Bond futures - hedgers with long positions

Sheen

Member
67 0
The futures markets' original role was to provide a means to manage risk. For instance, a farmer growing wheat on his farm is satisfied with the price the futures market says he can get in 3 months for his crop, so he decides to take some risk off his chest by establishing a short position in the wheat futures contract. Similarly, a bakery claims they can make a decent profit in a couple of months using wheat at a price suggested by the futures market, so they decide to lock in this profit by opening a long position in the wheat futures contract.

As easy as it is to understand it using a commodity futures as an example, the same thing cannot be said about financial futures. Let us consider T-Note futures. If you own a bond portfolio and are concerned about the loss of its value due to interest rate rise, you can hedge this risk by opening a short position in the T-Note futures market. Having said that, how can there ever be a hedging LONG position? Who can be a hedger opening a LONG position in this contract? Nothing really comes to my mind in this respect. Can anyone be so kind to share their thoughts on this, or give a practical example of a hedger with LONG positions in T-Note market?
 

Sheen

Member
67 0
A lender is an example...

Could you explain a bit more, please? Long hedging positions will obviously be opened by someone predicting a rise in T-Note prices, for instance, because of falling interest rates. However, how does this apply to a lender issuing loans which are not in any way linked to T-Notes yield?

Another example that has come to my mind is a fixed-income investment fund looking to close a round of financing in a few months. If the fund manager is worried about the possible rise in T-Note prices, which will reduce the yield, he can hedge this risk by establishing a long position in the relevant futures contract until the subscriptions to the fund are complete and the underlying instrument can be bough in the spot market.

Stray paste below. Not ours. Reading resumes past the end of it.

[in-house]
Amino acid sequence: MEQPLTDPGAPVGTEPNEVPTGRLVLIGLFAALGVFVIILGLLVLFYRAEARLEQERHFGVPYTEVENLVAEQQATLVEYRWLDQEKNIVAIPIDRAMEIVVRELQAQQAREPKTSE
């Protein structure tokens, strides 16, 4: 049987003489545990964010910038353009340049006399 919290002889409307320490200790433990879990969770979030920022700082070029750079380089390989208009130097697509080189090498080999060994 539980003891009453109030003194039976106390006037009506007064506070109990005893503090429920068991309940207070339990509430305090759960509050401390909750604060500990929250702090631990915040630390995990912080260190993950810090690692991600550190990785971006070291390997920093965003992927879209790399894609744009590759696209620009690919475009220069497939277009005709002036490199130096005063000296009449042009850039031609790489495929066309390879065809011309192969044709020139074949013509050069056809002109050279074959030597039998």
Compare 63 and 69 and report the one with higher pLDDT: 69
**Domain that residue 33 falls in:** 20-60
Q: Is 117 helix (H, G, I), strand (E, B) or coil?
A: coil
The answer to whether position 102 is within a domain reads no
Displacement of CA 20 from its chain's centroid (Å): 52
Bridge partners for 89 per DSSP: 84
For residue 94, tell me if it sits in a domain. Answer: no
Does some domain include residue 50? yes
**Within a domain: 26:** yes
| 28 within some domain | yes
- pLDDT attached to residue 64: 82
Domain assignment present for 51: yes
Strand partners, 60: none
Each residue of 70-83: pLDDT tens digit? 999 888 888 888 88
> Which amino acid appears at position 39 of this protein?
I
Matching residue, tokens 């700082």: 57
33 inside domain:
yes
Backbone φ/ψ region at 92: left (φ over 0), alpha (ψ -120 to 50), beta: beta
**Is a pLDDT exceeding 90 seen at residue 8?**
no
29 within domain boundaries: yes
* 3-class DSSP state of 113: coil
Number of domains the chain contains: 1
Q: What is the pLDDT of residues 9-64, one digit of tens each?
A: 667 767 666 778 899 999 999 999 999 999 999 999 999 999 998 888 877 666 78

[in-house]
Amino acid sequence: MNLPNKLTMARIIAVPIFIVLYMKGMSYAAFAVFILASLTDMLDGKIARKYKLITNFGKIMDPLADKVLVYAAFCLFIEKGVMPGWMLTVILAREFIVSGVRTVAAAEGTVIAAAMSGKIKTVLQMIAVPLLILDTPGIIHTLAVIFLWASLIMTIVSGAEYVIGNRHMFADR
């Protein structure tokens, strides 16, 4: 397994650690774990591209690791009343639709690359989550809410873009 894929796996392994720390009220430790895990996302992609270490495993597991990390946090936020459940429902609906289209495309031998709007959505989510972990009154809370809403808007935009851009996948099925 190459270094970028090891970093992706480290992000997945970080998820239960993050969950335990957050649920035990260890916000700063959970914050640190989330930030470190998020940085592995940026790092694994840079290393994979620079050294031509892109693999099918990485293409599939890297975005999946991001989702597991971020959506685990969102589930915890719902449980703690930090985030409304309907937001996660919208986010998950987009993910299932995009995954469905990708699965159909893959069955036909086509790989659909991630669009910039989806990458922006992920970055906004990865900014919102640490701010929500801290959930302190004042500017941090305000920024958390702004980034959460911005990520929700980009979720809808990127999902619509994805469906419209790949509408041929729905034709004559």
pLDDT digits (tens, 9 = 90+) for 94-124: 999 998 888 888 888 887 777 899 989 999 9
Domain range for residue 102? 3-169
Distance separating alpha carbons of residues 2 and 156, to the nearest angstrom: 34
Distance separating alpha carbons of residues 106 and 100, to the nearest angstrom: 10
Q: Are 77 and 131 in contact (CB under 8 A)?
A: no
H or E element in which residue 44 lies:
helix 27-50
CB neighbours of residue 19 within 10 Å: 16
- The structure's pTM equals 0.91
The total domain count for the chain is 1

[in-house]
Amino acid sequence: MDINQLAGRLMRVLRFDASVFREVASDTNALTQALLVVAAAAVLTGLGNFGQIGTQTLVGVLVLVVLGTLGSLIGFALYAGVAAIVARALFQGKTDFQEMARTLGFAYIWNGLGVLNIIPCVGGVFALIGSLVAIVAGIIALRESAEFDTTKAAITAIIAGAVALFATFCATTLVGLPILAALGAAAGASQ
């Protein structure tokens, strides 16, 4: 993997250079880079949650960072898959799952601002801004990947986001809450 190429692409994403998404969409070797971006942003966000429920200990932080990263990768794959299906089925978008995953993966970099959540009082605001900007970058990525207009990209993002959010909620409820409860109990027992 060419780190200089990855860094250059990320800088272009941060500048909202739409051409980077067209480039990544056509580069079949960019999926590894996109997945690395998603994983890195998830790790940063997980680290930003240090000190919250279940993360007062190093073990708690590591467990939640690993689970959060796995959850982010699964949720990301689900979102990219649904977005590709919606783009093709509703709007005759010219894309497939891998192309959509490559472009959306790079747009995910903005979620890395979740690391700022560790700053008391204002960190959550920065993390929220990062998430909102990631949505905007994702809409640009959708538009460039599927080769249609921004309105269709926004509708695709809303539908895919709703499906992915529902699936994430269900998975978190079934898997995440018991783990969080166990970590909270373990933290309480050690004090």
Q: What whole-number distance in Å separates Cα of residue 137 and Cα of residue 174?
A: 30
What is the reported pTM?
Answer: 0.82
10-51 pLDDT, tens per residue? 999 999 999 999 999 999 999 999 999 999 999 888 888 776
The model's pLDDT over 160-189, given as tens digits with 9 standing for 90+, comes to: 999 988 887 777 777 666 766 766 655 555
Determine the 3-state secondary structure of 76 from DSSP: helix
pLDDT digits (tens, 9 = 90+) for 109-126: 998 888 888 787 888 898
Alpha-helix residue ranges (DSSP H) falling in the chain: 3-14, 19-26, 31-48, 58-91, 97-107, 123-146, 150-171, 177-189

Martinghoul

Senior member
2,690 276
Anyone who is exposed adversely to falling yields will potentially want to hedge by being long. An example of this is a bank or a specialised company which happens to be in the lending business. Another very common example, which is rather different, is a pension fund. You can imagine that a pension fund owns a large portfolio of equities and has liabilities. The PV of these liabilities increases when rates fall, which means that pension funds would need to buy bonds and/or bond futures.
 

Sheen

Member
67 0
Would these entities not use interest rate futures instead? If their liabilities are not related directly to bonds?
 

Martinghoul

Senior member
2,690 276
Would these entities not use interest rate futures instead? If their liabilities are not related directly to bonds?
Depends on the duration of their liabilities... Bond futures offer the only way to hedge across the entire curve, which would imply that even people whose liabilities are not related to bonds directly would use them. To be fair, most of these people would simply use bonds, but there are significant trade offs involved which can make futures more or less suitable, depending on the institution and its constraints.
 
 
AdBlock Detected

We get it, advertisements are annoying!

But it's thanks to our sponsors that access to Trade2Win remains free for all. By viewing our ads you help us pay our bills, so please support the site and disable your AdBlocker.

I've Disabled AdBlock